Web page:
My father worked as a postman and our local post office, and when he got off work he also had a washer and dryer repair business. In a word, he seemed terribly uninteresting to me. Hard-working, long-suffering and family-oriented, but boring. I did not want to grow up to be boring—anything but that. My mother, and a bank and took care of us kids. Both of my parents were loving and affectionate. It was no fault of theirs that I became possessed with the idea of taking the train to New York City and walking from the train station to the Empire State building to meet the famous author Ayn Rand. I did not think of it at the time as being a coming of age adventure, but looking back to more mature eyes, that seems to be what it was. But, it really was much more than that.

It was the beginning of my search for the Jesus Road.

Blind Guy on the Road

Careful. There’s a blind guy on the road and he doesn’t know the rules.

He’s not wearing dark glasses and he doesn’t have a cane. He’s being led down the side of the road by a group of guys so he doesn’t wander off into the desert and die of thirst.

And, well, he’s been acting nuts. Hearing voices and even answering them! He says Jesus was speaking to him- Jesus had already been crucified by the way. Crazy days. The Bible doesn’t say whether the guys leading him to Damascus thought he was crazy or not, but there’s a real chance they did.

The guy, of course, is the Apostle Paul.

Most Christians have heard the story, of course, but there’s something I’ve always wondered about. At what point did Paul become a Christian. Was it when he was baptized by Ananias in Damascus? Or was it when he heard the voice of Jesus on the Damascus Road and obeyed the Lord by going to Damascus and following the Lord’s commands?

I’m still thinking about it, but what do you think?

Time Out for Glorious Music

I’m working hard on the next book, titled “The Jesus Road” because after reading my collection of science fiction stories titled “Tales from the Jesus Road” exactly what the Jesus Road was. And so, since it’s good to follow up on requests from serious readers, I’m not only writing it, but being inspired by glorious music like the song from the Newsboys titled “Born Again” while I do.

Not the Heaven or Hell Thing Again! Part 5 of 5

So here’s how it happened to me, I told him.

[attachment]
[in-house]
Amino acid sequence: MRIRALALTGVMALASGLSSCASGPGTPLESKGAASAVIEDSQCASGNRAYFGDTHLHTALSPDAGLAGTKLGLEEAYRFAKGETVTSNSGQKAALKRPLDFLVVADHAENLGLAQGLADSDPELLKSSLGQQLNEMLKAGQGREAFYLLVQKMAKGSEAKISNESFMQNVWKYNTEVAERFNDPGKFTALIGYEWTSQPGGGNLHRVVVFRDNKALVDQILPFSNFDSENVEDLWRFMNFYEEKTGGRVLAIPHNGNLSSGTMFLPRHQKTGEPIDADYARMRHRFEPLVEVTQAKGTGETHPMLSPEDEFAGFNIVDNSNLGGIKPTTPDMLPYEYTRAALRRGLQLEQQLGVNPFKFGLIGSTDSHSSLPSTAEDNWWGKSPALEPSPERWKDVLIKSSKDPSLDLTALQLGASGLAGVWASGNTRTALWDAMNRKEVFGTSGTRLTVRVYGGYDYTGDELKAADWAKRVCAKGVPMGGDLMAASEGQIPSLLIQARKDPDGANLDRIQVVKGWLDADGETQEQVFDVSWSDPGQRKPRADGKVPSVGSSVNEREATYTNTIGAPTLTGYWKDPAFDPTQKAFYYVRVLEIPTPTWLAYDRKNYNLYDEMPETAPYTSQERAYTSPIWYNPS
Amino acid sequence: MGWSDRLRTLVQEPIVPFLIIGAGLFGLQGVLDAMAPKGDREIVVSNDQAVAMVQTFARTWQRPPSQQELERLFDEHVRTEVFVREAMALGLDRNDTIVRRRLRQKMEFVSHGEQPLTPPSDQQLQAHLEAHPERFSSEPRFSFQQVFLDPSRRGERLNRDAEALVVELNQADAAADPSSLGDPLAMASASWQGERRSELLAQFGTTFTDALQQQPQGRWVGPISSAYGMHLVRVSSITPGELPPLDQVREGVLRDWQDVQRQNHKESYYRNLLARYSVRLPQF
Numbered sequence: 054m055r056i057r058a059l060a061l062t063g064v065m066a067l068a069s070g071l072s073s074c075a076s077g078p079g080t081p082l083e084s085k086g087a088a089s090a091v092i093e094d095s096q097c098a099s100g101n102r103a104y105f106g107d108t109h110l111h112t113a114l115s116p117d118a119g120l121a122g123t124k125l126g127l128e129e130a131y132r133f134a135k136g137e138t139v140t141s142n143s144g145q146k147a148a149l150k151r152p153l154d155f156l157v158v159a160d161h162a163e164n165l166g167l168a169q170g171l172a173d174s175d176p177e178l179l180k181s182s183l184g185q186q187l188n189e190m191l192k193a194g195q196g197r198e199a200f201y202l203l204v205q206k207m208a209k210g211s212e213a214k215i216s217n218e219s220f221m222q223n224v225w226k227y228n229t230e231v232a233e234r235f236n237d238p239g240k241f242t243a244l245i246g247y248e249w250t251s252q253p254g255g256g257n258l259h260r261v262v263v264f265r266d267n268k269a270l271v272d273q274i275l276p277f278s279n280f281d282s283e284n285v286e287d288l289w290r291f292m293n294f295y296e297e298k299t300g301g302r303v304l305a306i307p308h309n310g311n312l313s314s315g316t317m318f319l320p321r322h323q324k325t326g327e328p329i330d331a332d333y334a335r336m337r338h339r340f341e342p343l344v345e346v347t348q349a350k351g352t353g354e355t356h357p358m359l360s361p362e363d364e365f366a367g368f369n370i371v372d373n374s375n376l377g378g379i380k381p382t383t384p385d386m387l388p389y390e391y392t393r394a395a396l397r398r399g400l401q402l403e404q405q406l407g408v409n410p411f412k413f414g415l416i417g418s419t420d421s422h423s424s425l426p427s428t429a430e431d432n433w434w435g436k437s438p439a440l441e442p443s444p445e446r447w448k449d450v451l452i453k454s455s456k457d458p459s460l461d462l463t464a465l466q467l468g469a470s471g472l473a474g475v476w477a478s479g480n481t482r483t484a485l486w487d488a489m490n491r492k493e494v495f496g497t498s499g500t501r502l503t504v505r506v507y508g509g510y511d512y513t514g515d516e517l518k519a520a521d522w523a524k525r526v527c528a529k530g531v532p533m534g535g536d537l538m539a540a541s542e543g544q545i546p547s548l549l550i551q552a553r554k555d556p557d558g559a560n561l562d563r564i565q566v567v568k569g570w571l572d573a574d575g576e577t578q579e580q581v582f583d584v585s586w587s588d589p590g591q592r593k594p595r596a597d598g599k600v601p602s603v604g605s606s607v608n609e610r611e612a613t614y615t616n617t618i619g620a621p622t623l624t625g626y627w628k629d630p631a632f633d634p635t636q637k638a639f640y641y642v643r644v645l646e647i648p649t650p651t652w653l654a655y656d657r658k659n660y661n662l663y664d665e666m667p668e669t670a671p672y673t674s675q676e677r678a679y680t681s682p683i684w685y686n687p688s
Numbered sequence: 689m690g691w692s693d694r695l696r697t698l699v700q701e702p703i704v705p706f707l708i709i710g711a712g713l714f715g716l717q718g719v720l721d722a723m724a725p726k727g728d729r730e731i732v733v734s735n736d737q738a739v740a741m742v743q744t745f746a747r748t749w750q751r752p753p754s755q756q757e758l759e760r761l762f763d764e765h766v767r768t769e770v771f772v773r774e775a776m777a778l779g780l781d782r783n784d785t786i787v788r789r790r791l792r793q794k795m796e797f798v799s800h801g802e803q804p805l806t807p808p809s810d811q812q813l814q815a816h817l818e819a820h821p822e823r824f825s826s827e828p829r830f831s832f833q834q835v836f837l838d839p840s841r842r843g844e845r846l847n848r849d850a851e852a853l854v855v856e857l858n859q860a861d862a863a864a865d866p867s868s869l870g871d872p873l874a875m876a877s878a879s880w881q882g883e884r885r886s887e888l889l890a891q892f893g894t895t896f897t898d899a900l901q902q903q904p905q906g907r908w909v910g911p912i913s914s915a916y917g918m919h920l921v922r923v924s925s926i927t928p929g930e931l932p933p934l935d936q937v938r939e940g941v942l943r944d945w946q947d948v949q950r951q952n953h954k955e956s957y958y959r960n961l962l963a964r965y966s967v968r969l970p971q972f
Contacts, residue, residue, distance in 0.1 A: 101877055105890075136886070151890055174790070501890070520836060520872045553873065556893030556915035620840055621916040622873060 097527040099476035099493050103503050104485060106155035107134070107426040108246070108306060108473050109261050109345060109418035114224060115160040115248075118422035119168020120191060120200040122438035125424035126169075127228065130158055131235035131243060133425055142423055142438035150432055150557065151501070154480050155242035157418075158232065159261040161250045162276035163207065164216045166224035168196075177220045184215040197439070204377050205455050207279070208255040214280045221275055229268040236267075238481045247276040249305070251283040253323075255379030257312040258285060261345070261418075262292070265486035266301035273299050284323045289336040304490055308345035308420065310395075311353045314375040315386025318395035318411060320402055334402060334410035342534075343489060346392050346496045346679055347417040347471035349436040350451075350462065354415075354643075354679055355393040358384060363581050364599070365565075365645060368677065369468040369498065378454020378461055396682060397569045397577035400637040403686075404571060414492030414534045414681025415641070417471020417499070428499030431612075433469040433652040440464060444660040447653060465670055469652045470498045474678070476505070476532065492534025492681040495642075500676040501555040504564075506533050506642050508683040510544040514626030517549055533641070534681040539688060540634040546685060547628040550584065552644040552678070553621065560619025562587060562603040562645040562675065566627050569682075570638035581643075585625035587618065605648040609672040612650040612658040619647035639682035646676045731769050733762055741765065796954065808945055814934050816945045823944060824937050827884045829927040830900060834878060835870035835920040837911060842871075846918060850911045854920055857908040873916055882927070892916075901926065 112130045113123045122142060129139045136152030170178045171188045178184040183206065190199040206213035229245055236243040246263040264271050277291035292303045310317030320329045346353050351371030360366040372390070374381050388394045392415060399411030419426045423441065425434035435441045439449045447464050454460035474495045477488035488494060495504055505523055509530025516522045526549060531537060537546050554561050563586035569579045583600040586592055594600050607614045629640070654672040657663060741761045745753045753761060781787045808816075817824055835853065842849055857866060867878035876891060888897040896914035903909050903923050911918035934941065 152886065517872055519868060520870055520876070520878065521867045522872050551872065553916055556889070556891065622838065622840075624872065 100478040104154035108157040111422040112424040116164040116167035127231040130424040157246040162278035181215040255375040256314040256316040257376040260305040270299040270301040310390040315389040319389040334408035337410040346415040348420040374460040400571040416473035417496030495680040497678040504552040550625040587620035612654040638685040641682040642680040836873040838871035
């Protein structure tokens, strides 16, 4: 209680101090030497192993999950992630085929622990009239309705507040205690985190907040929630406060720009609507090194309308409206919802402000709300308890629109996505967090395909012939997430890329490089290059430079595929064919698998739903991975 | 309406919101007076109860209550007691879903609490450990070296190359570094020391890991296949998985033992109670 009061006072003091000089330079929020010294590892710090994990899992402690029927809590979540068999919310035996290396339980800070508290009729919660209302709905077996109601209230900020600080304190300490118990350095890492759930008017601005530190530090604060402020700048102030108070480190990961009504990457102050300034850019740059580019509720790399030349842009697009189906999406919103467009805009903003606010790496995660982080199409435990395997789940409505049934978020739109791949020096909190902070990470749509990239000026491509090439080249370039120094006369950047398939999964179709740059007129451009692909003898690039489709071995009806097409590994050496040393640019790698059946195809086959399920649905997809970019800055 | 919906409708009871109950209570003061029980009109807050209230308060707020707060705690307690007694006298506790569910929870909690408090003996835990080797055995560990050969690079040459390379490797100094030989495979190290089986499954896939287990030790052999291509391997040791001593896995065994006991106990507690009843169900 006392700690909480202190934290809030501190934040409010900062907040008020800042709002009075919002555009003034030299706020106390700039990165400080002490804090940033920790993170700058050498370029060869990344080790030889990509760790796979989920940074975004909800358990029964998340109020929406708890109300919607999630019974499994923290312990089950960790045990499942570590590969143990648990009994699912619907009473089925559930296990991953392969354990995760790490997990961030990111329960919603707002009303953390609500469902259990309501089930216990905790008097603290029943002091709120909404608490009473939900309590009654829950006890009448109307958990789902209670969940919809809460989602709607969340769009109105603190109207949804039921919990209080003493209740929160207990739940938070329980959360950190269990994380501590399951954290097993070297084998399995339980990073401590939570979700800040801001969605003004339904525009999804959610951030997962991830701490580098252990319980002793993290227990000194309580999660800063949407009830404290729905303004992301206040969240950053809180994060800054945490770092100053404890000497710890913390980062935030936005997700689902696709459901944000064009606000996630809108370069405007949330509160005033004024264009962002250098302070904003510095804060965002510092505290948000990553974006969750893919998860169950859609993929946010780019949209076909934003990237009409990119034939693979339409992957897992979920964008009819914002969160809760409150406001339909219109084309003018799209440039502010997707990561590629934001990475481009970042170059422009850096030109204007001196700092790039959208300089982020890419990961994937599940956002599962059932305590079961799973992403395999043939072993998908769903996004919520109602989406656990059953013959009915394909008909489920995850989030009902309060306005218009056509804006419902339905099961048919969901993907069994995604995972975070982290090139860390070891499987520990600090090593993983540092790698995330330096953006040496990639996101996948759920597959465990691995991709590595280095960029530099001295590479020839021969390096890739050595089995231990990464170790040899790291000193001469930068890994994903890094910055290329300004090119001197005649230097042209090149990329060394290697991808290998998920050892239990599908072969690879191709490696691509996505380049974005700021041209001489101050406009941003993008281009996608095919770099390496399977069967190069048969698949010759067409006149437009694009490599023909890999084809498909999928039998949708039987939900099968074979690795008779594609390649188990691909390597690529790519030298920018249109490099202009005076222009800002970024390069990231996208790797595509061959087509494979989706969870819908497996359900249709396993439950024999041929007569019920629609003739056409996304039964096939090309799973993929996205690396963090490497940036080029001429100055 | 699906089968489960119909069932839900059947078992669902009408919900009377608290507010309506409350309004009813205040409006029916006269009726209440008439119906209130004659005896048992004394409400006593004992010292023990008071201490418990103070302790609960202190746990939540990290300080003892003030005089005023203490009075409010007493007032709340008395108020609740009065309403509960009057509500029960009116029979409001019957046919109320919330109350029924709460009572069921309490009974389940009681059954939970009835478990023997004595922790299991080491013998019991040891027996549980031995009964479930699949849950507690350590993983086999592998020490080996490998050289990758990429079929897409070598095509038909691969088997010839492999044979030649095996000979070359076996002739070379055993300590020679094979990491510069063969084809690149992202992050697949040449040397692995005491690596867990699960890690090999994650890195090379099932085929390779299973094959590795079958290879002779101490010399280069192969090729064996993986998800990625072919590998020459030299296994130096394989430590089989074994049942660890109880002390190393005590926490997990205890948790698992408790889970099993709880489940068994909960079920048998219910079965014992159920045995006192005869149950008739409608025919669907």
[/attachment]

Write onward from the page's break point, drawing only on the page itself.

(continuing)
I read the Bible.  Not the whole thing cover to cover in one sitting of course.  Here’s why I read it.  When I was sixteen years old, my parents gave me my first Bible, which had the inscription from them, “Use it as your guide.  Love, Mom and Dad.”

It was a King James Bible, which seemed to me as useless as a dry well in the desert.  The language just didn’t cut it with me, so I ignored it.  Eventually, over the years, I lost it.

Sometime after my father died and before my mother passed away, the unaccountable need to see what they were talking about came over me.  So I got a bible, this time the NIV translation.  While glancing through it, I came across this verse:

 45 Finally the temple guards went back to the chief priests and the Pharisees, who asked them, “Why didn’t you bring him in?”
46  “No one ever spoke the way this man does,” the guards replied.
(John 7:45-46, New International Version)

“No one ever spoke the way this man does…”  As a writer, I found that oddly compelling.  I wanted to know what Jesus said that had such a profound effect on them.

I did the only logical thing at that point, I actually read through the things that Jesus said.  And I read them again.  And again.  Something inside me began to change.

As I was relaying this story to my new friend from work, I saw that he was actually listening.  I wasn’t trying to convert him, I was just sharing my story.

So I continued by telling him that I hit another verse in the writings of the Apostle Paul that struck a nerve with me, and he asked me what it was.  He was asking, not just playing along.

It was this, I said:

18 For the message of the cross is foolishness to those who are perishing, but to us who are being saved it is the power of God. 19 For it is written:
“I will destroy the wisdom of the wise;
the intelligence of the intelligent I will frustrate.”[c]
20 Where is the wise person? Where is the teacher of the law? Where is the philosopher of this age? Has not God made foolish the wisdom of the world? 21 For since in the wisdom of God the world through its wisdom did not know him, God was pleased through the foolishness of what was preached to save those who believe. 22 Jews demand signs and Greeks look for wisdom, 23 but we preach Christ crucified: a stumbling block to Jews and foolishness to Gentiles, 24 but to those whom God has called, both Jews and Greeks, Christ the power of God and the wisdom of God. 25 For the foolishness of God is wiser than human wisdom, and the weakness of God is stronger than human strength.
26 Brothers and sisters, think of what you were when you were called. Not many of you were wise by human standards; not many were influential; not many were of noble birth. 27 But God chose the foolish things of the world to shame the wise; God chose the weak things of the world to shame the strong. 28 God chose the lowly things of this world and the despised things—and the things that are not—to nullify the things that are, 29 so that no one may boast before him. 30 It is because of him that you are in Christ Jesus, who has become for us wisdom from God—that is, our righteousness, holiness and redemption. 31 Therefore, as it is written: “Let the one who boasts boast in the Lord.”[d]